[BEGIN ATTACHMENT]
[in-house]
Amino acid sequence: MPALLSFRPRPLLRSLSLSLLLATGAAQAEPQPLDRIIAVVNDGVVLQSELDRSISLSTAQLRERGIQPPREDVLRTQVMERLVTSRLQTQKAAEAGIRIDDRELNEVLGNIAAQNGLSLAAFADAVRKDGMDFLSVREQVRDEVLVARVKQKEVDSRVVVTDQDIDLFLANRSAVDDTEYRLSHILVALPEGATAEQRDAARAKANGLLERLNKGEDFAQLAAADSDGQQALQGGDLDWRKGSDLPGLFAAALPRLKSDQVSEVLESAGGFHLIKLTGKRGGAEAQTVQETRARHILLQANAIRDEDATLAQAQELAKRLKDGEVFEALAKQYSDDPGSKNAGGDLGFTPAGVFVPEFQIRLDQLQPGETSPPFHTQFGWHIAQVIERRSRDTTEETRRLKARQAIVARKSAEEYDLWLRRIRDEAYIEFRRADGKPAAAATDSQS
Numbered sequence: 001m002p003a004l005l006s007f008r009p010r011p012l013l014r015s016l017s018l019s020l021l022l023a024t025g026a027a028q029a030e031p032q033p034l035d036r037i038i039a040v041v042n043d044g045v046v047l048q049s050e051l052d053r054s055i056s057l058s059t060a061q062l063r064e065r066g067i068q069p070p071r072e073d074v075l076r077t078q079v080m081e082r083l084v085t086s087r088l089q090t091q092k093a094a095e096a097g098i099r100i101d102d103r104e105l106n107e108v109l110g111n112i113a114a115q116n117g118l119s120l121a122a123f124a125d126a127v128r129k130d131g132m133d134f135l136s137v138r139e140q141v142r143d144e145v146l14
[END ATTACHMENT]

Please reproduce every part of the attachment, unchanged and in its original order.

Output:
[in-house]
Amino acid sequence: MPALLSFRPRPLLRSLSLSLLLATGAAQAEPQPLDRIIAVVNDGVVLQSELDRSISLSTAQLRERGIQPPREDVLRTQVMERLVTSRLQTQKAAEAGIRIDDRELNEVLGNIAAQNGLSLAAFADAVRKDGMDFLSVREQVRDEVLVARVKQKEVDSRVVVTDQDIDLFLANRSAVDDTEYRLSHILVALPEGATAEQRDAARAKANGLLERLNKGEDFAQLAAADSDGQQALQGGDLDWRKGSDLPGLFAAALPRLKSDQVSEVLESAGGFHLIKLTGKRGGAEAQTVQETRARHILLQANAIRDEDATLAQAQELAKRLKDGEVFEALAKQYSDDPGSKNAGGDLGFTPAGVFVPEFQIRLDQLQPGETSPPFHTQFGWHIAQVIERRSRDTTEETRRLKARQAIVARKSAEEYDLWLRRIRDEAYIEFRRADGKPAAAATDSQS
Numbered sequence: 001m002p003a004l005l006s007f008r009p010r011p012l013l014r015s016l017s018l019s020l021l022l023a024t025g026a027a028q029a030e031p032q033p034l035d036r037i038i039a040v041v042n043d044g045v046v047l048q049s050e051l052d053r054s055i056s057l058s059t060a061q062l063r064e065r066g067i068q069p070p071r072e073d074v075l076r077t078q079v080m081e082r083l084v085t086s087r088l089q090t091q092k093a094a095e096a097g098i099r100i101d102d103r104e105l106n107e108v109l110g111n112i113a114a115q116n117g118l119s120l121a122a123f124a125d126a127v128r129k130d131g132m133d134f135l136s137v138r139e140q141v142r143d144e145v146l14